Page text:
Tapestry, from 90.3 WBHM

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From August 17, 2006...

You've heard the old saying, a picture's worth a thousand words... and it's certainly true with the civil rights movement. Meet one woman who explains why, in the 1960s, she captured on film black Alabama farmers forced from their homes -- her photos are part of a new visitor center commemorating the Selma-to-Montgomery voting rights march. Plus, ever wonder what makes an artist tick? We explore the depths - and the derivation - of creativity in certain artisans, starting this week with Birmingham sculptor Frank Flemming. Later, we'll hear the old school soul of 78-year old Roscoe Robinson...Robinson and others are featured on a new CD being released this weekend. I'm Greg Bass and this is Tapestry.



A picture take by Charmian Reading

This summer, a new National Park Service visitor center is opening in Lowndes County, a place that commemorates the 1965 voting rights march between Selma and Montgomery. But the center also pays tribute to the black farmers and sharecroppers who were forced out of their homes for registering to vote after the historic march. Makeshift Tent Cities as they were called sprung up in several places across the South. And while the history of those refuges is not well known, there are those who remember them - and documented their plight - quite vividly. Reporter Kezia Simister introduces us to a woman who, in 1966, packed and her camera and headed South.

A profile of Charmian Reading

Some of Reading's civil rights movement photographs have been featured at the National Portrait Gallery in Washington DC and at the Gallery for Fine Photography in New Orleans. There's more inside the Tapestry section at WBHM.ORG. By the way, on the weekend of September 2, The Lowndes County Friends of the Selma to Montgomery National Historic Trail will honor those families displaced.



Frank Flemming

Question: why are some people more creative than others? Is it parental influence? Something in the gene pool? Divine intervention? It's an ongoing debate. But there are those who believe it can't and shouldn't be explained at all--simply experienced and enjoyed. So, we've come up with an occasional series we're calling "The Nature of Creativity" which explores the influences of local artists. What makes them tick? Where do they get their ideas? How have they developed the "gift" of seeing things in a completely different light than most of us? Is it nature, nurture, or a strange brew of both? Some answers - maybe - from reporter Les Lovoy, who highlights the work - and artistic mind - of Birmingham's Frank Flemming.

A profile of Frank Flemming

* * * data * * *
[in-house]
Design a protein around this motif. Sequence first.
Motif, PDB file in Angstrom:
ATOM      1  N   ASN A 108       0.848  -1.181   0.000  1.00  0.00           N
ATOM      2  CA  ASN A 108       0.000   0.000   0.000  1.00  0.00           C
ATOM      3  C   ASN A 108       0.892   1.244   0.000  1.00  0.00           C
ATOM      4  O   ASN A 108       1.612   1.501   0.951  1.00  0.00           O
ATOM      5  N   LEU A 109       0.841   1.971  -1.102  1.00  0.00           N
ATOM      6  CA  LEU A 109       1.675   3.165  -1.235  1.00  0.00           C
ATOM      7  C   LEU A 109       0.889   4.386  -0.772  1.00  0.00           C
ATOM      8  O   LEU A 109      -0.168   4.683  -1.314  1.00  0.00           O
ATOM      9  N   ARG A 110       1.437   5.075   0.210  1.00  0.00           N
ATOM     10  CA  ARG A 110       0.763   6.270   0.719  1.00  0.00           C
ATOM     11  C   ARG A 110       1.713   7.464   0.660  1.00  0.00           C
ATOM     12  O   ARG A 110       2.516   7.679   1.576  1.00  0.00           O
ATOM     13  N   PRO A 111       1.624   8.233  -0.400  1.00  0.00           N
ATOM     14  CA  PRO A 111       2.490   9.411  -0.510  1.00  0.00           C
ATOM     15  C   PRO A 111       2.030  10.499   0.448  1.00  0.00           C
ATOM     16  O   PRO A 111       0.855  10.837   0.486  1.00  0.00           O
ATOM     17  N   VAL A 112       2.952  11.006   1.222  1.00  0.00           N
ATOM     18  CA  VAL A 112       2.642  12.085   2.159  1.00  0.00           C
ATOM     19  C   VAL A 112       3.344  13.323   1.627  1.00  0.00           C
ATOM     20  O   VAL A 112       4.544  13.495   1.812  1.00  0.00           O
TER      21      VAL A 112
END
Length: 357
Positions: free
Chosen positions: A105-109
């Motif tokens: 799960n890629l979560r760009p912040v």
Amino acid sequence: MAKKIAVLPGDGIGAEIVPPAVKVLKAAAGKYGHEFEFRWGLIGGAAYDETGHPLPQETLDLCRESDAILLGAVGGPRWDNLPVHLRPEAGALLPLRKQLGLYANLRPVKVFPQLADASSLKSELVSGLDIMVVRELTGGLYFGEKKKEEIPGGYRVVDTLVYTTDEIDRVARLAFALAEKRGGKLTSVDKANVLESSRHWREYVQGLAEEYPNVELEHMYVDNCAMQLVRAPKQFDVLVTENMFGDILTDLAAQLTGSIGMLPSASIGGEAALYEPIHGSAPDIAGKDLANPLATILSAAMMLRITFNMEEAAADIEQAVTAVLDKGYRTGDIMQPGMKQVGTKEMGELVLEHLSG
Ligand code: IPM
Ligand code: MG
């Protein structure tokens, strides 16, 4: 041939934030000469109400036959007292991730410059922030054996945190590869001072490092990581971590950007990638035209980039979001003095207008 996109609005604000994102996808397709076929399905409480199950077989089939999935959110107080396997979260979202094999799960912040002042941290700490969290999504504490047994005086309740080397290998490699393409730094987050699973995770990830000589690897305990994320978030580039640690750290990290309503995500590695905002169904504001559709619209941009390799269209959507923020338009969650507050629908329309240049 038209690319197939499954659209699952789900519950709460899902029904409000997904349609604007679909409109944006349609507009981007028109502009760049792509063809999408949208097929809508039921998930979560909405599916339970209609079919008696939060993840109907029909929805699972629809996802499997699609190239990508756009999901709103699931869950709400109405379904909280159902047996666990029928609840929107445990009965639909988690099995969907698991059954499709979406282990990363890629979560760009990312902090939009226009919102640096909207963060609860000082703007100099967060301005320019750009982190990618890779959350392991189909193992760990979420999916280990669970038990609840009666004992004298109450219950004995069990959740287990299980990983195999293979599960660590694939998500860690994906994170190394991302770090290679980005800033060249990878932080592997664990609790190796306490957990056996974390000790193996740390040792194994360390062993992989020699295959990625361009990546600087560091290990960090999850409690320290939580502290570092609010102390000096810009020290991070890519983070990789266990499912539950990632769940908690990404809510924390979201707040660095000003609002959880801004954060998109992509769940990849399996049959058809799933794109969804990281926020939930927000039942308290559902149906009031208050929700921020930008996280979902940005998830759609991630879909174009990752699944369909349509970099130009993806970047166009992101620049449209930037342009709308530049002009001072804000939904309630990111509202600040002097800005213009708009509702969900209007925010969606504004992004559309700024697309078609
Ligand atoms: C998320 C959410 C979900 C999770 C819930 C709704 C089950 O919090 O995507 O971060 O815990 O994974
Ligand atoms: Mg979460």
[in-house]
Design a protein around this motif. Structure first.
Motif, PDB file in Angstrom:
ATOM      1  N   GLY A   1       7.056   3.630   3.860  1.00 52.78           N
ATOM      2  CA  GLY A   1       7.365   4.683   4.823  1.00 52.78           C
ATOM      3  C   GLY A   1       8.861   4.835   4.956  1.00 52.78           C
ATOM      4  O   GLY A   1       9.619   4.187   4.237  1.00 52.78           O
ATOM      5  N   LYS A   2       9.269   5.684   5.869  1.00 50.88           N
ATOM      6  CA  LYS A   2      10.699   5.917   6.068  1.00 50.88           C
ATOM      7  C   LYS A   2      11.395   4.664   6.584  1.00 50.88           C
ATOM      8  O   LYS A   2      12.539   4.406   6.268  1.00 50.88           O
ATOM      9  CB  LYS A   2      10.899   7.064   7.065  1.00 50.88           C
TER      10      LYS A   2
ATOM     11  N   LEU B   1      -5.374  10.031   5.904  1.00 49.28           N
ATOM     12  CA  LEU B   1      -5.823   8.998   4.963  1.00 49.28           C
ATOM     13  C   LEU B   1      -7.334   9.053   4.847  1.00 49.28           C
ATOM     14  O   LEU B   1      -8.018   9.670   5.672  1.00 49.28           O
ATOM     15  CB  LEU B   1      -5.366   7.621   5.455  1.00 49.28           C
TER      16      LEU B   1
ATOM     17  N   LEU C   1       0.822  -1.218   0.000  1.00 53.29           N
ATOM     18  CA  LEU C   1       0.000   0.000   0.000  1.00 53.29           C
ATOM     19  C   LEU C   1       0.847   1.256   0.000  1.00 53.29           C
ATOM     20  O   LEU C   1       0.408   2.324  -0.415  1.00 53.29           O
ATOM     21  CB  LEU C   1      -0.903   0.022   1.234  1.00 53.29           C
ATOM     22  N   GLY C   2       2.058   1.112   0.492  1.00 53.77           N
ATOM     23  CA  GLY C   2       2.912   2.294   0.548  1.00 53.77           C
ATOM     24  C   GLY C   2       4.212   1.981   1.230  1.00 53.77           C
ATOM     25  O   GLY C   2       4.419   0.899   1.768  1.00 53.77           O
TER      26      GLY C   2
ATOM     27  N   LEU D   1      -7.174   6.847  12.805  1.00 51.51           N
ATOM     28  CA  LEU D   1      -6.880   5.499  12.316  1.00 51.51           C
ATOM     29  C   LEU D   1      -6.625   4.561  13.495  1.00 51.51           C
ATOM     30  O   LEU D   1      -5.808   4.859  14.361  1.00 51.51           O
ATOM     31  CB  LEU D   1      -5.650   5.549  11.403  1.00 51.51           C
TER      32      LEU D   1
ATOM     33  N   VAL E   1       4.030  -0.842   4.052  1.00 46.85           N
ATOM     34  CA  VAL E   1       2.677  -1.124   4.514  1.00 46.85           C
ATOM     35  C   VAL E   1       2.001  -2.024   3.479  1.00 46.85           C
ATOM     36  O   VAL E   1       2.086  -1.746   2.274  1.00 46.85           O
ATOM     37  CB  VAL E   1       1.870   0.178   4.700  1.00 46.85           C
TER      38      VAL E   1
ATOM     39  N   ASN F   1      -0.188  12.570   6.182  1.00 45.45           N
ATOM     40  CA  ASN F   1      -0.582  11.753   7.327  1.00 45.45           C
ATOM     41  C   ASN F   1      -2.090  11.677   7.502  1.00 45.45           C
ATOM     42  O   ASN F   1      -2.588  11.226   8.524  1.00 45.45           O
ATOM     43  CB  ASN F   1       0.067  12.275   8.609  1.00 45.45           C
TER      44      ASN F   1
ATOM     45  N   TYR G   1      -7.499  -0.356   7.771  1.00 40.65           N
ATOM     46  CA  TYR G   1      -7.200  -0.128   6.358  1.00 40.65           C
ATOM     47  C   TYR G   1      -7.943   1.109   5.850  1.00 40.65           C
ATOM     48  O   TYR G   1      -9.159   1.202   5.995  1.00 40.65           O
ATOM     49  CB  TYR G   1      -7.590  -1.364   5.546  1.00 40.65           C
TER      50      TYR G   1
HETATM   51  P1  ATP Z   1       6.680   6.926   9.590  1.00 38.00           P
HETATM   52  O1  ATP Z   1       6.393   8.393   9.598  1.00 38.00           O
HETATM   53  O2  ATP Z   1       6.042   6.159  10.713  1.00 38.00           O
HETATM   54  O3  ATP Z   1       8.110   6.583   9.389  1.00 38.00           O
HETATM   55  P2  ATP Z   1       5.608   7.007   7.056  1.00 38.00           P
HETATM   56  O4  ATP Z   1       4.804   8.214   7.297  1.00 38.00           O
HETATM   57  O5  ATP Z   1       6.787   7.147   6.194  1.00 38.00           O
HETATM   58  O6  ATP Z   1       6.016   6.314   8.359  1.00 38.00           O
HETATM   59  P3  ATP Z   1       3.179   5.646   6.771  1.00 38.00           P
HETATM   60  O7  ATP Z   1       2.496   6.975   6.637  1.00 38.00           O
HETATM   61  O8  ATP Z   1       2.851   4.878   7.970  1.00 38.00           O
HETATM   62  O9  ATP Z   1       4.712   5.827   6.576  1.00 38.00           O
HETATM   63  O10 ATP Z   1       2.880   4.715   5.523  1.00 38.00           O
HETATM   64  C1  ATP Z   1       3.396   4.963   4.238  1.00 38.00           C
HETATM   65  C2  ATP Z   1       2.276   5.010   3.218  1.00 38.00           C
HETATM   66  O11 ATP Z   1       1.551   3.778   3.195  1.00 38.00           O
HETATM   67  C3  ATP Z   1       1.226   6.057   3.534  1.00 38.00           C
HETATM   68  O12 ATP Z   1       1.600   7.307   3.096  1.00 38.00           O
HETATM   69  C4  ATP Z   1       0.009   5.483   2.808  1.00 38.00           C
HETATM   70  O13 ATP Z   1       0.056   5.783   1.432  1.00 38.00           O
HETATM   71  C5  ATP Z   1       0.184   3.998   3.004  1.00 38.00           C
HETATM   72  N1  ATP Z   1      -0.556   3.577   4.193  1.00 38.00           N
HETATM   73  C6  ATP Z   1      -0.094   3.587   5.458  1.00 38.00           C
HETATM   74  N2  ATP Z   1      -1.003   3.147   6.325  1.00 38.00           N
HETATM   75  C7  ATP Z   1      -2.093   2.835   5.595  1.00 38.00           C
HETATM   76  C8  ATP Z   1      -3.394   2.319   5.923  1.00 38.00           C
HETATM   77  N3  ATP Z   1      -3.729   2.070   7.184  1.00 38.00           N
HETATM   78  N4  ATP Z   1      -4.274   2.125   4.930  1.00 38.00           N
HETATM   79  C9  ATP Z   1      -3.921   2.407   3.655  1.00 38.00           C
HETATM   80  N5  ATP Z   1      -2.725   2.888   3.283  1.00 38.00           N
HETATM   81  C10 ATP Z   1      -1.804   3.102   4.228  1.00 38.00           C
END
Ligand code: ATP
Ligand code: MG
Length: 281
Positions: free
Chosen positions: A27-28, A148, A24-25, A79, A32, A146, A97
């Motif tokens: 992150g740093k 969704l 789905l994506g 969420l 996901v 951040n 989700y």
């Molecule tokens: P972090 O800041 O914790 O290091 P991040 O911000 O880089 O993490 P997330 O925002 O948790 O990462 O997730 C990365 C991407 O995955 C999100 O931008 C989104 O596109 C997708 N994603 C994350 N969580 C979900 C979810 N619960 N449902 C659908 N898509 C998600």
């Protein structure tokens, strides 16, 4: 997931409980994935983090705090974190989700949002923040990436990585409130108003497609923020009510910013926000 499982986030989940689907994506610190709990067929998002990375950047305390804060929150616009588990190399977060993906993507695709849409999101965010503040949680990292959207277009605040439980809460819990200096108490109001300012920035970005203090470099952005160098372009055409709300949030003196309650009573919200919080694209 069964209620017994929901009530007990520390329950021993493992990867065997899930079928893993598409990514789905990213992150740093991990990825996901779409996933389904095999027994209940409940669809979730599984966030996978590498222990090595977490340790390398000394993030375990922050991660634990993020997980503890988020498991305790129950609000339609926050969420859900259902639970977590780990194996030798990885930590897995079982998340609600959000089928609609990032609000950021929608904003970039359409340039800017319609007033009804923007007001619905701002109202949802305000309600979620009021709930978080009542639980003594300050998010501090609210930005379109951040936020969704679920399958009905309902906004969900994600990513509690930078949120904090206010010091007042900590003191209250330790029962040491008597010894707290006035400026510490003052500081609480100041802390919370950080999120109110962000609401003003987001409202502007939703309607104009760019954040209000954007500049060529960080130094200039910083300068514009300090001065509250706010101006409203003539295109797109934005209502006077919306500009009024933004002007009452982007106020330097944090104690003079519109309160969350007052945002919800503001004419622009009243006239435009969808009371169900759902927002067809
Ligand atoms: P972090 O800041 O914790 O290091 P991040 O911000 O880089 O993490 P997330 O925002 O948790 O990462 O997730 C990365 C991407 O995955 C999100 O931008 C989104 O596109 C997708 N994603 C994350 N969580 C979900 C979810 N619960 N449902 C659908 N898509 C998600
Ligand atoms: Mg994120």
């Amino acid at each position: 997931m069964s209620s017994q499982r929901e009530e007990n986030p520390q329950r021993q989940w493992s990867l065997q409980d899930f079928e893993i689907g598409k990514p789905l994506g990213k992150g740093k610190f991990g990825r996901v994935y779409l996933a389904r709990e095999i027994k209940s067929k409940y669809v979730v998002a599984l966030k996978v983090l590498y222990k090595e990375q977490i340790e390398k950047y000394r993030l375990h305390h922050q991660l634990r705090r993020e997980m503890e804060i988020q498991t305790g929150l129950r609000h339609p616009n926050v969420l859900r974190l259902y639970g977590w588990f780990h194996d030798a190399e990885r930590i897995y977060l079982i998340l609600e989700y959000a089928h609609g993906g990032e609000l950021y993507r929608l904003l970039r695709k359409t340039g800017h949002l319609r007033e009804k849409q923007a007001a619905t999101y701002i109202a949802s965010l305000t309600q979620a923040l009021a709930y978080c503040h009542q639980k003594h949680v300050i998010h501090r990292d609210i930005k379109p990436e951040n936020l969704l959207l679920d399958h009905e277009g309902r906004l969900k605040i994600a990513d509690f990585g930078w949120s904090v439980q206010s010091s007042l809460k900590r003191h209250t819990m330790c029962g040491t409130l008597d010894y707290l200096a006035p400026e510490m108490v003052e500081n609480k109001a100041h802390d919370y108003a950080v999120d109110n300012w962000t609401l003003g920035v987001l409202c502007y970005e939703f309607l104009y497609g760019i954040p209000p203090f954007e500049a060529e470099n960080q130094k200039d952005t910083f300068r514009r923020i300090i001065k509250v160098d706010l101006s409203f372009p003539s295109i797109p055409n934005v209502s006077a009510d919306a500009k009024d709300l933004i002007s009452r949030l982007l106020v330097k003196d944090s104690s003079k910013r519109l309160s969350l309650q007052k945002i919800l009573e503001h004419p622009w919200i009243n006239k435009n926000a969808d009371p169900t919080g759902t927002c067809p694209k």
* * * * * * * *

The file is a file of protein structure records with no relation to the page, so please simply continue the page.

Our occasional series, "The Nature of Creativity" will be featured, uh, occasionally, on Tapestry; By the way, there's more about Frank Flemming and his work at our website, WBHM.ORG.



To hear the audio portion of the Community Calendar from Tapestry, click here.

Want to know more? Activeculture.info is a one-stop source for finding out what's going on in the Birmingham metro area.

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And if that weren't enough for you, this weekend, the UAB Department of Communication Studies presents: Media Now: Truth or Deception; a new look at integrity, bias and persuasion. The conference runs from 9 am 'til 4 pm at the Hulsey Recital Hall on the UAB campus.



Roscoe Robinson

In music, there's soul...and there's old school soul. Roscoe Robinson's soulful, six-decade journey has taken him from pulpit to juke joint to major city club. Known as the sighted member of the Blind Boys Alabama - Robinson mixes the sweet sound of rhythm with the depth perception of blues. Born in Arkansas, music runs deep in Robinson's family, mainly gospel and sacred sounds. But he made the secular switch quite a few times - with the likes of Sam Cooke and Buddy Guy - and recorded some tracks in Birmingham. We managed to blow off thirty years of dust and cobwebs to let you hear this and other songs. "Two Heart Accident" was recorded more than 30 years ago at Sound of Birmingham studios. (AUDIO MONTAGE)

That's Roscoe Robinson with "Let Me Be Myself" - recorded more than three decades ago in Birmingham. It's one of many tracks - from Robinson and others - being released on a new CD this weekend called "The Birmingham Sound - the Soul of Neal Hemphill, Volume One." Some of the artists - including Roscoe Robinson - perform Saturday night at BottleTree on Birmingham's Southside, as part of a CD release party. You can download the songs you just heard inside the Tapestry section at WBHM.ORG.



That's Tapestry for this week, guest produced by Steve Chiotakis. Our executive producers are Tanya Ott and Michael Krall. Thanks to Hunter Bell, as always, for waxing musically. Additional reporting this week by Kezia Simister and Les Lovoy. And, a shout out to another Roscoe - not the one you're hearing, but our very own Francesca Rosko - for the community calendar. I'm Greg Bass and we'll see you next week.